Helen Baldwin Memorial

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June 2011

In Memory of Helen Baldwin

On March 5th my Mother, Helen Baldwin, passed away in her sleep. She lived a full and rich 88 years. What she often called her "wonderful life" included much self-sacrifice for others that she learned from her parents example in depression-era Bay City, MI where the family stayed active in their community's church, school and government. She took to heart her fathers advice to his four daughters that being involved in community work was the responsibility of every citizen.

HBaldwin_1 Helen Baldwin in 1943 when she worked for the Navy with her father who supervised construction of Liberty ships in WWII.

Before and after she retired in 2003 after 17 years as Volunteer Coordinator and Program Developer for the Macomb County Department of Senior Citizen Services, Helen served in the United Way, several senior services departments, the Macomb library and the Arts Council, local hospitals and many other organizations. Between voyages I recall helping her deliver food to house-bound seniors for Focus Hope and twice helping set up the Older Americans Festival at Freedom Hill Park. Up until complications set in from the disease that ultimately took her life, her chief concern was how to continue her volunteer work visiting sick children and lonely elderly patients at the local hospital. It's comforting to know my Mother was such a caring and helpful person who will be loved and missed by many.

Along with all the volunteer work, she found time in her younger years for family vacations with my father and me, enthusiastically trying everything from wilderness camping, skiing and boat trips to flying a small plane. She loved to swim throughout her life and even had her own motorcycle she enjoyed riding into her sixties.

She loved to sail on my boat Atom and spent many happy days aboard in fair weather or foul from the lakes of Michigan to vacations aboard in the Florida Keys, Hawaii, Trinidad and Martinique.

If my mother had a fault, as some of you who knew her best would know, it was perhaps being over-proud of her often wayward son. She always encouraged me to sail and discover the world, even at the cost of missing her only child when I was gone for months or years at a time. She was my home base and she made it all possible. I'll remain forever grateful for her encouragement to travel the world and thankful that I was home to share her last days.

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Helen joins me and Atom on vacation in Hawaii in 1987.

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Helen joins me sailing through the squalls this day when she stayed aboard Atom for two weeks in Martinique.

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Aboard Atom in Trinidad in 2000.

At her age, she was prepared for death, but I was caught completely unprepared for the swiftness of her departure. What her doctor thought in November was a treatable basal cell skin cancer on the side of her head, within a couple months became a rapid-spreading metastatic squamous cell carcinoma that we were powerless to stop. The specialists at the Cancer Center in Ann Arbor, MI told us on our first visit there that surgery and chemo were impossible, and recommended palliative low dose radiation at her local hospital. They told me she had perhaps six months more to live. Her doctors tactfully avoided directly telling her the prognosis and Helen surprised me by not pressing them for more information. Perhaps she knew her condition better than they. It was up to me to try to explain the details of the doctor's diagnosis of terminal cancer. I could barely speak of it to her just as I can barely speak of it now. Between my sobs I explained there was no cure, but that I would be there with her for whatever was to come. We held hands and hugged as I cried. I noticed my Mother shed a single tear as she consoled me. A tear for me rather than herself, I suspect.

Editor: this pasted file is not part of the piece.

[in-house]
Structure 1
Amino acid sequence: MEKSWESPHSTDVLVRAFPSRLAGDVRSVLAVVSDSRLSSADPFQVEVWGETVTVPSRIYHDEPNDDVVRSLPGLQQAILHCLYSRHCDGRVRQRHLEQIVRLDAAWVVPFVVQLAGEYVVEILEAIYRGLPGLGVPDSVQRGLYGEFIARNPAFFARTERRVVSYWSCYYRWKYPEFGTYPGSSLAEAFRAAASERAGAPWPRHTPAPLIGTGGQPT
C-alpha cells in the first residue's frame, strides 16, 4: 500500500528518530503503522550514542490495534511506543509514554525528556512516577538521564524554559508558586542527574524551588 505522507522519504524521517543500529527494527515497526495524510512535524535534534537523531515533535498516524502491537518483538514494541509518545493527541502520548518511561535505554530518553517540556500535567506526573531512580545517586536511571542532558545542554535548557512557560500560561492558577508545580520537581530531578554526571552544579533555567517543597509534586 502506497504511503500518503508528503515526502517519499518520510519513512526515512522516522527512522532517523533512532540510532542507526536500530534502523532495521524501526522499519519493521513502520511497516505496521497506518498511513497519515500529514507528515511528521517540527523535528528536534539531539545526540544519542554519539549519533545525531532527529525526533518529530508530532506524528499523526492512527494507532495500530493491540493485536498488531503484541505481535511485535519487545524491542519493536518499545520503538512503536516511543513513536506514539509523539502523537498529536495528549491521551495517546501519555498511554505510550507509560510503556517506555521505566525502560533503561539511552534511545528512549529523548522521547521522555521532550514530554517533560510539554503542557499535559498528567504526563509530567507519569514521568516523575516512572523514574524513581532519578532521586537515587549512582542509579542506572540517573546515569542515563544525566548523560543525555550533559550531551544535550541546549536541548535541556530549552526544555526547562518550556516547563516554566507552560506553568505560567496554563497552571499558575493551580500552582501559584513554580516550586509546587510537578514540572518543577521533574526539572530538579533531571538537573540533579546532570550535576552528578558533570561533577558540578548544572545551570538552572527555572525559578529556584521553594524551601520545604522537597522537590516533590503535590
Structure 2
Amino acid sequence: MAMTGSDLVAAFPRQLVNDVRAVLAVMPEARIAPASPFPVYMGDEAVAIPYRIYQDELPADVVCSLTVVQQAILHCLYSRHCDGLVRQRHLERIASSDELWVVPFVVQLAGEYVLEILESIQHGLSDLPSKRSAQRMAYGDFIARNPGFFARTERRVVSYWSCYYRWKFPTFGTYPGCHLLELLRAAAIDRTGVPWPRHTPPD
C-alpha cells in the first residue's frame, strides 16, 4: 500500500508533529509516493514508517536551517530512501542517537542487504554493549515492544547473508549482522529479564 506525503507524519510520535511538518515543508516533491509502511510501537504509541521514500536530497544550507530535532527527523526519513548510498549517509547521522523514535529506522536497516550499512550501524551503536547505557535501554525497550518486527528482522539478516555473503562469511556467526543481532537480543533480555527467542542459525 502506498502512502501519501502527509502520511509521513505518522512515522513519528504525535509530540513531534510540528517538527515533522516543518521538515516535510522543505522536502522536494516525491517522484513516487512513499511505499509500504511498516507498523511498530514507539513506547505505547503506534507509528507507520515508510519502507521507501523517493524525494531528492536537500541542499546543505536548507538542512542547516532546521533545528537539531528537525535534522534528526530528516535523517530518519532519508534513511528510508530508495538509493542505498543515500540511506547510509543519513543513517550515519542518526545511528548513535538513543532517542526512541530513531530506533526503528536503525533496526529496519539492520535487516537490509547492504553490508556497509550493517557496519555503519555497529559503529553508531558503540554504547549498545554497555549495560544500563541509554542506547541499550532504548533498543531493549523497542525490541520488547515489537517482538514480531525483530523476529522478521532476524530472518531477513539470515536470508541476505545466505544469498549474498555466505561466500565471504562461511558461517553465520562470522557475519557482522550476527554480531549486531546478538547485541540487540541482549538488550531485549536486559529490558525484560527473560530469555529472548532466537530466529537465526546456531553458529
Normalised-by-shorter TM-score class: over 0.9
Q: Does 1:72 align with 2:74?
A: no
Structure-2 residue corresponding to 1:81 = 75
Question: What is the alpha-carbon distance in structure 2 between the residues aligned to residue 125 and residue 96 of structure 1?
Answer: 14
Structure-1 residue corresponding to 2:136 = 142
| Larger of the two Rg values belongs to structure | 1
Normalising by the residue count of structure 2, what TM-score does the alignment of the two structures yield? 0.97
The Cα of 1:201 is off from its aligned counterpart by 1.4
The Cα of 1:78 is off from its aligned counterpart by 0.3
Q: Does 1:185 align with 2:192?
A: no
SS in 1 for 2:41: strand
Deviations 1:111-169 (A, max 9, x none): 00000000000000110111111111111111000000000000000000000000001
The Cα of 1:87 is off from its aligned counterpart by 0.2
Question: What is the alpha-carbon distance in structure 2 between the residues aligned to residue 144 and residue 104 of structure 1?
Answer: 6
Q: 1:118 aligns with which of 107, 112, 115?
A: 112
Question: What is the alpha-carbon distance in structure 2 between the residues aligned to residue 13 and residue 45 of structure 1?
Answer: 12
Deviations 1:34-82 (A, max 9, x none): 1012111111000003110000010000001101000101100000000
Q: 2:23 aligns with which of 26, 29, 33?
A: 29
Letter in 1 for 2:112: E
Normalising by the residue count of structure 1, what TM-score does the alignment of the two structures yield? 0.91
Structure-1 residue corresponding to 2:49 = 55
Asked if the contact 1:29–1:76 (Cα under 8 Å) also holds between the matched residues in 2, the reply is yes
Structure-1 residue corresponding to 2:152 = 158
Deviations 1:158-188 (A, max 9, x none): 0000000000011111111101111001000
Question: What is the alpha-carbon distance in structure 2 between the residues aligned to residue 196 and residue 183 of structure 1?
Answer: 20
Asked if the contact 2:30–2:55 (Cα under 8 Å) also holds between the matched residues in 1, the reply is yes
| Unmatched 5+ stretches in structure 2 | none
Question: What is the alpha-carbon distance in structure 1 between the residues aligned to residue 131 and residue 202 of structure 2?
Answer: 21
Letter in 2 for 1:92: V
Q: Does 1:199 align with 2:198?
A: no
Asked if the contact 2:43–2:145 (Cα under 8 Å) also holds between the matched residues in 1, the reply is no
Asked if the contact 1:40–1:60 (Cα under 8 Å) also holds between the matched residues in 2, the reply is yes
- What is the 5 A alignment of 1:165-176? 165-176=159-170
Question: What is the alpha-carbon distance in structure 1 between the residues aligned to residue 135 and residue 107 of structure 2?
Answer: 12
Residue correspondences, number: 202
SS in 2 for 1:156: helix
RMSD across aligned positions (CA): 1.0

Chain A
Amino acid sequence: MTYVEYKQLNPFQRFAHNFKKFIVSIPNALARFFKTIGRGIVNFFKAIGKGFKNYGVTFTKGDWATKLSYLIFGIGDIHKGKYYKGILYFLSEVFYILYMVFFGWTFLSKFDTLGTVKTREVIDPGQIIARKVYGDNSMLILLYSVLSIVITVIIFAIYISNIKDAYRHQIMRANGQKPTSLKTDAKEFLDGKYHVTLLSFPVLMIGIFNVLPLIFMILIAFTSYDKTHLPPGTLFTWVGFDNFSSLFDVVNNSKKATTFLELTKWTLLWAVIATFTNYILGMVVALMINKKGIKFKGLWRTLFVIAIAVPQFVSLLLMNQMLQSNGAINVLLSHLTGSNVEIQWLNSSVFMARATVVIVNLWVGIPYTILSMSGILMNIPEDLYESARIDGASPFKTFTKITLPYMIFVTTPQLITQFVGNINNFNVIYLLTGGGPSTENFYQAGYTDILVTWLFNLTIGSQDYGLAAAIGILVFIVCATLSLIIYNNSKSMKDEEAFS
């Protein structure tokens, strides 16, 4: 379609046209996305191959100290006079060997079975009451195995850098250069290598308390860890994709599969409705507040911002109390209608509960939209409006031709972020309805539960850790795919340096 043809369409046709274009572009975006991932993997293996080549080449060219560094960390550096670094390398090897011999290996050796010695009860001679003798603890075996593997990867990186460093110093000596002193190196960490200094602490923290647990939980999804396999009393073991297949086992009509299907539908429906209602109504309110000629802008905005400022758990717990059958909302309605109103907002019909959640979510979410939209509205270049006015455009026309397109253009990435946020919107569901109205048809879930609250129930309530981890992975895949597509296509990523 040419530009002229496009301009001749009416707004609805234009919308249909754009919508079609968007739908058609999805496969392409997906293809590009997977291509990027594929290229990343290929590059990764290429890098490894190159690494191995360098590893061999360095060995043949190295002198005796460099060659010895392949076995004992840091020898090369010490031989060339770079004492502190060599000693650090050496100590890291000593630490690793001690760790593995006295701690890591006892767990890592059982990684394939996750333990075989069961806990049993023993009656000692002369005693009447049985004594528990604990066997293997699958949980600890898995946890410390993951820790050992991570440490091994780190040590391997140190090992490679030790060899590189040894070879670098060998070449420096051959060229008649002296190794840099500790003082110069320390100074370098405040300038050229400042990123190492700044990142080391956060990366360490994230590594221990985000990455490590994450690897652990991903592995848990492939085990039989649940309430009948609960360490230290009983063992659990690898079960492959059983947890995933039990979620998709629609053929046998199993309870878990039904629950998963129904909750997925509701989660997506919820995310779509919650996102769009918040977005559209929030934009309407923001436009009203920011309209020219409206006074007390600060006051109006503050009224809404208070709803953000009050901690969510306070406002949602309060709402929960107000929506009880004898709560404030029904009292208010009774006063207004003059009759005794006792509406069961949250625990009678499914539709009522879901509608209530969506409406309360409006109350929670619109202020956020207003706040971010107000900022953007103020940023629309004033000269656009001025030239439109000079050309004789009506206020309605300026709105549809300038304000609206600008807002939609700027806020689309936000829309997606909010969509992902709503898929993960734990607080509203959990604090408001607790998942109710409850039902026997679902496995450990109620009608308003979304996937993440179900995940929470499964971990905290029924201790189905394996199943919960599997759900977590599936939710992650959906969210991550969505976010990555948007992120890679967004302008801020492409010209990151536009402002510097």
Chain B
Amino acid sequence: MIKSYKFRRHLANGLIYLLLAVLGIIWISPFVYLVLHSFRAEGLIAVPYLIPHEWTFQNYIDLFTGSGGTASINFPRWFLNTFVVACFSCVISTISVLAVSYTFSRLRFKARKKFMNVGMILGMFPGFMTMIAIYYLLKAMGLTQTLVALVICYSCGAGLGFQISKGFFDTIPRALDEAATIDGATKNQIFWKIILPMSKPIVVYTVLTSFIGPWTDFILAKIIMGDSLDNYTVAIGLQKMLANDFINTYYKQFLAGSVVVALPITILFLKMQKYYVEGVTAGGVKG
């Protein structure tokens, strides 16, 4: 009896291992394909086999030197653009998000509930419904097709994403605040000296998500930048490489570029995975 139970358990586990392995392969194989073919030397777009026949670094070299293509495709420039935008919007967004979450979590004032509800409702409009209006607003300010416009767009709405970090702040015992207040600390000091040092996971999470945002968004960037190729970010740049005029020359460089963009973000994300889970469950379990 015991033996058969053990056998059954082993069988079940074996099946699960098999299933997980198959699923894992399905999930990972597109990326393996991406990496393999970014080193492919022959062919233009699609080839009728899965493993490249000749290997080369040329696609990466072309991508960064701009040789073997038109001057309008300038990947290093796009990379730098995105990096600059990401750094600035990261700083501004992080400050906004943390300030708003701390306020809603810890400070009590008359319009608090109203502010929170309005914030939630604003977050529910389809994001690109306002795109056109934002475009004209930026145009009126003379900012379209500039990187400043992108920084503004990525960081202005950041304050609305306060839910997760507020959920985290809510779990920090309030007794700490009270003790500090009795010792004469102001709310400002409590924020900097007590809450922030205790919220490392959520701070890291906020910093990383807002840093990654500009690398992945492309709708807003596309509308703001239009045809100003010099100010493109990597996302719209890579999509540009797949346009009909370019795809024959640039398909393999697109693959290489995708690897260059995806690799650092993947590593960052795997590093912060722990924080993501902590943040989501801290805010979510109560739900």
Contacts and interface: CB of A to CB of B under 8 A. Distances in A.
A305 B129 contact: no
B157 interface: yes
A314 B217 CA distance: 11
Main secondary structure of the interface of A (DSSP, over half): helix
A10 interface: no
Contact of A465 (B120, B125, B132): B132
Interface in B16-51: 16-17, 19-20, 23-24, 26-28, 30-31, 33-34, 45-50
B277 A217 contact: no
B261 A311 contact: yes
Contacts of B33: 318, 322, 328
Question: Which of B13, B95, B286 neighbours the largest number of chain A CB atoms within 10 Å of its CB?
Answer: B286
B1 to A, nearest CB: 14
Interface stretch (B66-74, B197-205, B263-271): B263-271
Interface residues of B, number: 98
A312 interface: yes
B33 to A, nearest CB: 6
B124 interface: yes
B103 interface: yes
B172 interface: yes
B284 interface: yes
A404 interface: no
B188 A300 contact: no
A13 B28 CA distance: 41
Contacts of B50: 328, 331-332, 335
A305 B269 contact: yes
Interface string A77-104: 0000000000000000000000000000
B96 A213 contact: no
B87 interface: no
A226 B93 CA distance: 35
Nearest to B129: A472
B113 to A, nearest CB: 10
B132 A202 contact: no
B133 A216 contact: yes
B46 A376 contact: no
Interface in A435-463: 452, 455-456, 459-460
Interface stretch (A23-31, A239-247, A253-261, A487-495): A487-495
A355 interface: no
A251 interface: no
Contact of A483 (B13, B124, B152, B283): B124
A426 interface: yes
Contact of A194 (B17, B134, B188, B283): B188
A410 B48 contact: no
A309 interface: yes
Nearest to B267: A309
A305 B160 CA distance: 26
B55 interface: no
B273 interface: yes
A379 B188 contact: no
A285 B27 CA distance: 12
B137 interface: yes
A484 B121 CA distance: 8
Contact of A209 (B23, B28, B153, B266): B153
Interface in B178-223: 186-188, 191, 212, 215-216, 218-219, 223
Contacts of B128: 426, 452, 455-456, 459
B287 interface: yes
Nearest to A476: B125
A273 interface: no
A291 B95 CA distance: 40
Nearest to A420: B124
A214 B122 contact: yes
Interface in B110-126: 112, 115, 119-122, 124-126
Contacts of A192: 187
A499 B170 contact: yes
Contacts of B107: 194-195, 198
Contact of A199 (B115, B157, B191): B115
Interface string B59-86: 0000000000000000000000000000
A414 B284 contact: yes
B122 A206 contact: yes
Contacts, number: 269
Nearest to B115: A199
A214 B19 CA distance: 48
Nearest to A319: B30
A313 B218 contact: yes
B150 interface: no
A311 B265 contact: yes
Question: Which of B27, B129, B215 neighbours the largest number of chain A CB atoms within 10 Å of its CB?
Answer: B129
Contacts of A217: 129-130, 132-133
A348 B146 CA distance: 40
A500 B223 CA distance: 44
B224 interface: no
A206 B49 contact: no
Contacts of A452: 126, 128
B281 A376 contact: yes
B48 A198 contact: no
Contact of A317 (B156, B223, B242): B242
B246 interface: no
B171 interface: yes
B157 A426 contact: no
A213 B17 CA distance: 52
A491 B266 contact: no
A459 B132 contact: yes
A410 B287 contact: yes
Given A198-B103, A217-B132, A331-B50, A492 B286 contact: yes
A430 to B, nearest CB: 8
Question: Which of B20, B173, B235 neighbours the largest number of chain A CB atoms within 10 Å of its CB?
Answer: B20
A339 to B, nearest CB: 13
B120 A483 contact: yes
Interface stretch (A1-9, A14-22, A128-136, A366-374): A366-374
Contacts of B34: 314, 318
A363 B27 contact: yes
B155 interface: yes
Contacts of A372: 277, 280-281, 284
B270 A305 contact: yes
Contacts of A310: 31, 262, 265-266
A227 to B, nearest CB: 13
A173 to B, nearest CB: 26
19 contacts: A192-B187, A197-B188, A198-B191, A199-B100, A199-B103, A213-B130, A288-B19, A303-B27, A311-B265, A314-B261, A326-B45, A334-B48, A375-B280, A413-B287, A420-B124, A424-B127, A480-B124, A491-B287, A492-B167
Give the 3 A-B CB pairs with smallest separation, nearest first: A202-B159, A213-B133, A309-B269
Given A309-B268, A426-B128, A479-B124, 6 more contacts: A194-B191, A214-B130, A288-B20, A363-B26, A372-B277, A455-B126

Being the only child in our family, I planned to take care of her myself with home nursing as needed and my wife, Mei, also offered to help. But before she could be stabilized on her pain medications, she passed away unexpectedly from heart failure at the hospital. This was the same hospital in Mt. Clemens where she gave birth to me 53 years ago.

I returned to Helen's suddenly empty condo in Michigan and spent a cathartic week there alone with my grief. I wept for all the times I had let her down, the times I wasn't there, until finally pulling myself together enough to allow Mei to drive up from Georgia. With the help of Mei and two of Helen's nieces, who flew in from out west, I was able then to tackle the soul-wrenching tasks of the funeral and estate business.

My Mother always looked for the bright side. Her humor was aimed at making others feel better. She told her pastor and I after we prayed together on one of her last difficult days at the hospital, "I came in and stayed one night on the first floor, then they moved me to the third floor and now they have me on the fourth floor. At least I'm getting closer to heaven."

She filled her life with kindness to others; an example for all of us who knew her to do the same.